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Answered 2013-05-16 19:14:43

Lysogenic is when the virus enters and binds into the hosts DNA and one could replicate slowly or two when the virus sense the host cell is about to die, the virus will go into lyic cycle and replicate and kills the host cell.

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Lytic infection ends in cell-death (the membrane ruptures). Lysogenic infection means that the virus "hibernates" inside the cell for a time and can bud off without killing its host.


Infection of the host cell then leading to recombination to the host cell's DNA.


The two ways that viruses cause infection are by lytic infection and lysogenic infection. The virus can enter into a cell, make a copy of itself and the cause the cell to burst in a lytic infection. When a virus embeds its DNA into the DNA of a host cell and replicates, it is a lysogenic infection.


Through a lysogenic or lytic infection





Viruses can cause lytic infections or lysogenic infections. When a virus enters a cell to make copies of itself, causing the cell to rupture, that is called a lytic infection. A lysogenic infection is where a virus incorporates itself into the DNA of the cell it invades and replicates its genetic code.



In wikipedia they talk about lysogenic and bacteria so it's probably not lysogenic it could be lytic since it's a virus. Oral herpes is a contagiou symplex virus that causes cold sores on the mouth. It's a very common viral infection.


Lysogenic CycleHepatitis B has a lysogenic life cycle.


I don't know if this is what you are lookding for but here is what happens with a bacteriophage (a virus that infects bacteria) In a lysogenic infection the bactierophage DNA will insert itself into the bacterial chromosome and may replicate with the bacterium for many generations. (inactive) The bacteriohpage DNA can then exit the bacterial chromosome. If it does this then it can enter the LYTIC cycle.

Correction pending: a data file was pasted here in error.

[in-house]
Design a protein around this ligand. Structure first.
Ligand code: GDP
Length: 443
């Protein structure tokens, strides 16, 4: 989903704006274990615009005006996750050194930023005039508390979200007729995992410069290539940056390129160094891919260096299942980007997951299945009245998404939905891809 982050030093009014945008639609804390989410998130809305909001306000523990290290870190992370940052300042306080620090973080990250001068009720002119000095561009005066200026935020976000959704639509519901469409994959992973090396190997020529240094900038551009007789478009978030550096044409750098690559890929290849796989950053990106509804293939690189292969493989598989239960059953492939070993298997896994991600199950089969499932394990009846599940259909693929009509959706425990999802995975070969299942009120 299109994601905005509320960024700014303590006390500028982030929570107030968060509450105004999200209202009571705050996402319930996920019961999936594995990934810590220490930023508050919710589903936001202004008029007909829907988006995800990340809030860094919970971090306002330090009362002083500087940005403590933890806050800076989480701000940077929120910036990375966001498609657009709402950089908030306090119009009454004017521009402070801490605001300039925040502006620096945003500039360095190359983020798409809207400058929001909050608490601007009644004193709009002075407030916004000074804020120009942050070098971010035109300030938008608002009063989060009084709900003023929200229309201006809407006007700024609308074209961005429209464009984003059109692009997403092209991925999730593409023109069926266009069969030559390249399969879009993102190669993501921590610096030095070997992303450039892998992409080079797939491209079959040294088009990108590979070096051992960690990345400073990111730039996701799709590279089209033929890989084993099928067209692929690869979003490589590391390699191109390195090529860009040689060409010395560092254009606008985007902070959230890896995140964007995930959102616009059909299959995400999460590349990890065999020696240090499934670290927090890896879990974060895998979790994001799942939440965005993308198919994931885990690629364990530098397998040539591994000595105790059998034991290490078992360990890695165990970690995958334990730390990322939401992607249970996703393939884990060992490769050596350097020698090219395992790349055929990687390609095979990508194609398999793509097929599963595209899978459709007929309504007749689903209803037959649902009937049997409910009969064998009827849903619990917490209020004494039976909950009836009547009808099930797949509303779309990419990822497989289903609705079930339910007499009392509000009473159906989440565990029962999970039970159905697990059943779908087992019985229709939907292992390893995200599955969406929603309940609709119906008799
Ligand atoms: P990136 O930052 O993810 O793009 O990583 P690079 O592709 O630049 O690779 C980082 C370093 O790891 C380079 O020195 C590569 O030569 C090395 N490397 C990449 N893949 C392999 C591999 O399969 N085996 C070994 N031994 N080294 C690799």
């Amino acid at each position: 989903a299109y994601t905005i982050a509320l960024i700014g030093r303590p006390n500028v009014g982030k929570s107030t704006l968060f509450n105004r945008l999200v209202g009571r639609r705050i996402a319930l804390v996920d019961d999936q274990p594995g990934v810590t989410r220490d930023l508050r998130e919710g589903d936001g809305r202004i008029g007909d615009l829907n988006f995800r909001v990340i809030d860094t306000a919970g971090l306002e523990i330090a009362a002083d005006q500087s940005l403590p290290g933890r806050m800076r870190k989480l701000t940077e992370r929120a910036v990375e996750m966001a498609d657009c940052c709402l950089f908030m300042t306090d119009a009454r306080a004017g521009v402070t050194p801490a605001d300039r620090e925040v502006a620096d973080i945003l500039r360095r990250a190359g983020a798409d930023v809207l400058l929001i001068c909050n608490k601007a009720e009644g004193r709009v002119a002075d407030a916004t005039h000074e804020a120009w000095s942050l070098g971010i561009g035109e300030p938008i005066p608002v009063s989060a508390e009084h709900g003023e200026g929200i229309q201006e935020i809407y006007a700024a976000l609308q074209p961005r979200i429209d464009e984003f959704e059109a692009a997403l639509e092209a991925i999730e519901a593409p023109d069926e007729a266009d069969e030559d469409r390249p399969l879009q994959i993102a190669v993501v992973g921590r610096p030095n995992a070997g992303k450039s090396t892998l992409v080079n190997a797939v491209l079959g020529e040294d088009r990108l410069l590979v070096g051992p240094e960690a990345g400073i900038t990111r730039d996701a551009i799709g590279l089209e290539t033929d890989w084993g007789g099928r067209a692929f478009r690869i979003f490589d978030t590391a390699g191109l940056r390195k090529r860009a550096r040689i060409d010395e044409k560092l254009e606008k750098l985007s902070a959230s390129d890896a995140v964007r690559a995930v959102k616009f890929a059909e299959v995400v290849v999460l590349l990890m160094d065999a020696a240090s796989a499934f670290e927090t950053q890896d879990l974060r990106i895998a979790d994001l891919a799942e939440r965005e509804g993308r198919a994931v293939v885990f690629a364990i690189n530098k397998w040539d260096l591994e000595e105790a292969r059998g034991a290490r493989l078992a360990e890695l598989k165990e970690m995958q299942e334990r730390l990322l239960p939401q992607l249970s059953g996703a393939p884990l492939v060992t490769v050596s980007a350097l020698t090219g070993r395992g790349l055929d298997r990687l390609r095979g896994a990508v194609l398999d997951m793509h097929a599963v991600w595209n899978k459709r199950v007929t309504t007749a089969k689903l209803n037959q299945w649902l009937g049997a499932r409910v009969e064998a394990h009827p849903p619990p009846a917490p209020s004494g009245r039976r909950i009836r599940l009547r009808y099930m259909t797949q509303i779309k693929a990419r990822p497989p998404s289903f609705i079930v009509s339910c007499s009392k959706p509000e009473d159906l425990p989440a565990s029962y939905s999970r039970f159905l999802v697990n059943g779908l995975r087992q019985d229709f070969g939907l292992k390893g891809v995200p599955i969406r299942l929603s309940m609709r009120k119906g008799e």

It all depends on the virus. It may be a lytic or a lysogenic infection. In a lytic infection, the virus inserts its DNA into host cell and replicate itself until the cell bursts and releases the new copies to infect other host cells. In a lysogenic infection, the virus inserts its DNA and gains control over the host cell, shutting it down and makes copies of itself like lytic infection, but the host cell does not burst.


yes it goes through the lysogenic cycle yes it goes through the lysogenic cycle


The virus that causes chickenpox (varicella zoster virus) is lysogenic.


The lysogenic pathway is characterized by passive replication of viral DNA.


Yes, herpes virus could be refered to as a lysogenic virus. However, the virus could also be a lytic virus as well. Depends on the type. HSV 1 or HSV 2 or HSV 6.Herpes is lysogeniclysogenic


I think its is in the lysogenic cycle but im not 100% sure.


Lysogenic viruses destroy their host cell immediately.


syphilis follows the lysogenic cycle. hope that helps


HPV infects the dermis layer of cells using the lysogenic cycle.



Neither. The lytic and lysogenic cycles are for viruses. Streptococcus Pyogenes is a bacteria.


The easiest way to understand how viruses replicate is to study the life cycles of viruses called bacteriophages (bacteria eaters). Bacteriophages replicate by either a lytic cycle or a lysogenic cycle. The difference in these two cycles is that the cell dies at the end of the lytic cycle or the cell remains in the lysogenic cycle. The virus remains "hidden".


In a lytic infection a virus enters a cell, makes copies of itself, and causes the cell to burst. In a lysogenic infection, a virus integrates its DNA into the DNA of the host cell, and the viral genetic information replicates along with the host's DNA.



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